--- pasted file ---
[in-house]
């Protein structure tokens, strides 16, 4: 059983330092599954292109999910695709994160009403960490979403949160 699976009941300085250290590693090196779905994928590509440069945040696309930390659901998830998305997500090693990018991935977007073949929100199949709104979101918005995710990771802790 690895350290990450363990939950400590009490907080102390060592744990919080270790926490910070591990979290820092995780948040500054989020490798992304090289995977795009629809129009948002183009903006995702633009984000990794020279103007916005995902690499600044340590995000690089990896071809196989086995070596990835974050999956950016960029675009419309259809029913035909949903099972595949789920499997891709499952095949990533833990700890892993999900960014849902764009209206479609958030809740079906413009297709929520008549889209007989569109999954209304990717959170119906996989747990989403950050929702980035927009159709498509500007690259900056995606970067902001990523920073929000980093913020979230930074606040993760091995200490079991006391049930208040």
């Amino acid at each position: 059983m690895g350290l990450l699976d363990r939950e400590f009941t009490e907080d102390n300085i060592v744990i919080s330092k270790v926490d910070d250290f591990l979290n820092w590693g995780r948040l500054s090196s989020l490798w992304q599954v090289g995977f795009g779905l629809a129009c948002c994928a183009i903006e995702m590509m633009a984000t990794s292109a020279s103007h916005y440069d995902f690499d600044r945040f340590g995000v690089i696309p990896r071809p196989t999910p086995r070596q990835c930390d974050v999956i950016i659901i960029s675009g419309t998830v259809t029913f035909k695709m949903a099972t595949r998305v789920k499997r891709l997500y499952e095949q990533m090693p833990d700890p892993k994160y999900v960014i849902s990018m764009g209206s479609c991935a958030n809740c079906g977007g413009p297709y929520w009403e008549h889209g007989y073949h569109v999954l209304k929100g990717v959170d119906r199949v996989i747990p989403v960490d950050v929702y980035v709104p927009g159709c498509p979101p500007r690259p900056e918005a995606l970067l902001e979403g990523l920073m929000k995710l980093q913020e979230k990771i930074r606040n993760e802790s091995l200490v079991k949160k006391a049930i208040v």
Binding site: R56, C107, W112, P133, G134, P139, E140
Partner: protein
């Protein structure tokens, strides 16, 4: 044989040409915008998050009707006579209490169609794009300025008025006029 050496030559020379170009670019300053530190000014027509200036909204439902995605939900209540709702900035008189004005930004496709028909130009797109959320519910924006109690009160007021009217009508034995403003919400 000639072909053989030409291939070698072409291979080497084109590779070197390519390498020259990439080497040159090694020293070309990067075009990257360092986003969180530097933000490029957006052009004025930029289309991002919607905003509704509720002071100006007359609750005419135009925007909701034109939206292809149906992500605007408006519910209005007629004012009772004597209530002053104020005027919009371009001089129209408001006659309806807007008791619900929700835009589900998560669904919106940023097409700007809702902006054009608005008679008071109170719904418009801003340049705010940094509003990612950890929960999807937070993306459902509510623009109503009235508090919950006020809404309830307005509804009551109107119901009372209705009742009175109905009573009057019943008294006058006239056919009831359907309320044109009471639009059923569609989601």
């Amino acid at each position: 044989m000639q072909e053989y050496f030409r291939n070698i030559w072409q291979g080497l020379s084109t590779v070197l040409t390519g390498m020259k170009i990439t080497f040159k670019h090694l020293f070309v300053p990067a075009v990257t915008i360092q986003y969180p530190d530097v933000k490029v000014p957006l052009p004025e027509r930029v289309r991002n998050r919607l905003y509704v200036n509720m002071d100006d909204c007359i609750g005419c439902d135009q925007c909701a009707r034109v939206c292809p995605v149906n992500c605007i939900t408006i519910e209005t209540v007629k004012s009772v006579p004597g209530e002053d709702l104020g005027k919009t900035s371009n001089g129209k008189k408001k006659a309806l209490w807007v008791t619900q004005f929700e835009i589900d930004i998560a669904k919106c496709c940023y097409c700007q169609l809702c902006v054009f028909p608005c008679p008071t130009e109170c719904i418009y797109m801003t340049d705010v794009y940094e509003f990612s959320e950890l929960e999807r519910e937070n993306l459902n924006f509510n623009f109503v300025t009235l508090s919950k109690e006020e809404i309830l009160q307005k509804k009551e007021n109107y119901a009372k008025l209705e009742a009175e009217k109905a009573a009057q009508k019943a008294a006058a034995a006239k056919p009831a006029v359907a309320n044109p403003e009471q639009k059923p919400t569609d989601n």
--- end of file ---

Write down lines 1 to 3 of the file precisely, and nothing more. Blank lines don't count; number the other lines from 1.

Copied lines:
[in-house]
């Protein structure tokens, strides 16, 4: 059983330092599954292109999910695709994160009403960490979403949160 699976009941300085250290590693090196779905994928590509440069945040696309930390659901998830998305997500090693990018991935977007073949929100199949709104979101918005995710990771802790 690895350290990450363990939950400590009490907080102390060592744990919080270790926490910070591990979290820092995780948040500054989020490798992304090289995977795009629809129009948002183009903006995702633009984000990794020279103007916005995902690499600044340590995000690089990896071809196989086995070596990835974050999956950016960029675009419309259809029913035909949903099972595949789920499997891709499952095949990533833990700890892993999900960014849902764009209206479609958030809740079906413009297709929520008549889209007989569109999954209304990717959170119906996989747990989403950050929702980035927009159709498509500007690259900056995606970067902001990523920073929000980093913020979230930074606040993760091995200490079991006391049930208040």
């Amino acid at each position: 059983m690895g350290l990450l699976d363990r939950e400590f009941t009490e907080d102390n300085i060592v744990i919080s330092k270790v926490d910070d250290f591990l979290n820092w590693g995780r948040l500054s090196s989020l490798w992304q599954v090289g995977f795009g779905l629809a129009c948002c994928a183009i903006e995702m590509m633009a984000t990794s292109a020279s103007h916005y440069d995902f690499d600044r945040f340590g995000v690089i696309p990896r071809p196989t999910p086995r070596q990835c930390d974050v999956i950016i659901i960029s675009g419309t998830v259809t029913f035909k695709m949903a099972t595949r998305v789920k499997r891709l997500y499952e095949q990533m090693p833990d700890p892993k994160y999900v960014i849902s990018m764009g209206s479609c991935a958030n809740c079906g977007g413009p297709y929520w009403e008549h889209g007989y073949h569109v999954l209304k929100g990717v959170d119906r199949v996989i747990p989403v960490d950050v929702y980035v709104p927009g159709c498509p979101p500007r690259p900056e918005a995606l970067l902001e979403g990523l920073m929000k995710l980093q913020e979230k990771i930074r606040n993760e802790s091995l200490v079991k949160k006391a049930i208040v």